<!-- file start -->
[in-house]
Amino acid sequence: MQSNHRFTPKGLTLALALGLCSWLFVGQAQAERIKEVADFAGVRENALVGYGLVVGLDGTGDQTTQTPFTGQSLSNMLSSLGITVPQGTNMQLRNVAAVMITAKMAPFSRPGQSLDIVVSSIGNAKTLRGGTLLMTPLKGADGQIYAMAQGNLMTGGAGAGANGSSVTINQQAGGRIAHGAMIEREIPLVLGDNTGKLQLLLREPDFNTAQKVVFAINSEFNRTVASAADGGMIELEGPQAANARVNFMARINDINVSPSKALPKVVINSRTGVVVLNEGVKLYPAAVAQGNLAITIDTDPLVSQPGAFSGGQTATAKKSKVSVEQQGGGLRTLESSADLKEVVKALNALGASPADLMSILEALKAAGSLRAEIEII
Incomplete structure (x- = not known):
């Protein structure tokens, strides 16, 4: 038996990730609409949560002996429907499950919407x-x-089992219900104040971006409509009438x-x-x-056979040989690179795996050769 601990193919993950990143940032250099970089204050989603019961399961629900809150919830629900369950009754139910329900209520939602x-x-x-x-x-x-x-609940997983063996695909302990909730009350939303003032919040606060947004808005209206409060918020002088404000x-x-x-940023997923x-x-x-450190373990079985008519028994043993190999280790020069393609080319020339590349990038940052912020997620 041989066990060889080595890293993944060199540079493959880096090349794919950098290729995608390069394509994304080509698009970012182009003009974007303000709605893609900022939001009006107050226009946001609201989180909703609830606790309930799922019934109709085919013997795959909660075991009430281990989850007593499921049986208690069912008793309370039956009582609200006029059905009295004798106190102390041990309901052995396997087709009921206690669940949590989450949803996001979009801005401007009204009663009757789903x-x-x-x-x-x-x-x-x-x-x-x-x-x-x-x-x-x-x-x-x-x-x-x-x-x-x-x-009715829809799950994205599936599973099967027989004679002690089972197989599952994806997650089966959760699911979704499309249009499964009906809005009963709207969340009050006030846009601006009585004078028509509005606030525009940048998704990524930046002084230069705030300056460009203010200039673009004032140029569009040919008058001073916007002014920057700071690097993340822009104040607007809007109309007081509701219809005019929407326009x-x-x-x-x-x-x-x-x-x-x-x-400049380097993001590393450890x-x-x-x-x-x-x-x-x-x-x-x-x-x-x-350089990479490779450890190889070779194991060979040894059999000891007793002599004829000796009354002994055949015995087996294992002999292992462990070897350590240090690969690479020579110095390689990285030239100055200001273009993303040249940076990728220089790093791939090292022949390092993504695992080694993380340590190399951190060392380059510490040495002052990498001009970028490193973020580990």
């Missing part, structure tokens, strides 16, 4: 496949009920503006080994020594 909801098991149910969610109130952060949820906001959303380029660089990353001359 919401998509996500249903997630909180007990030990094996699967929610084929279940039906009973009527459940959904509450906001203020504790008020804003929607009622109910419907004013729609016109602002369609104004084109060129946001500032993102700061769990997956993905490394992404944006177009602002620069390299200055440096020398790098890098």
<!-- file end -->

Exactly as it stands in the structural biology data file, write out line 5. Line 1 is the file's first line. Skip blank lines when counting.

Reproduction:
């Missing part, structure tokens, strides 16, 4: 496949009920503006080994020594 909801098991149910969610109130952060949820906001959303380029660089990353001359 919401998509996500249903997630909180007990030990094996699967929610084929279940039906009973009527459940959904509450906001203020504790008020804003929607009622109910419907004013729609016109602002369609104004084109060129946001500032993102700061769990997956993905490394992404944006177009602002620069390299200055440096020398790098890098």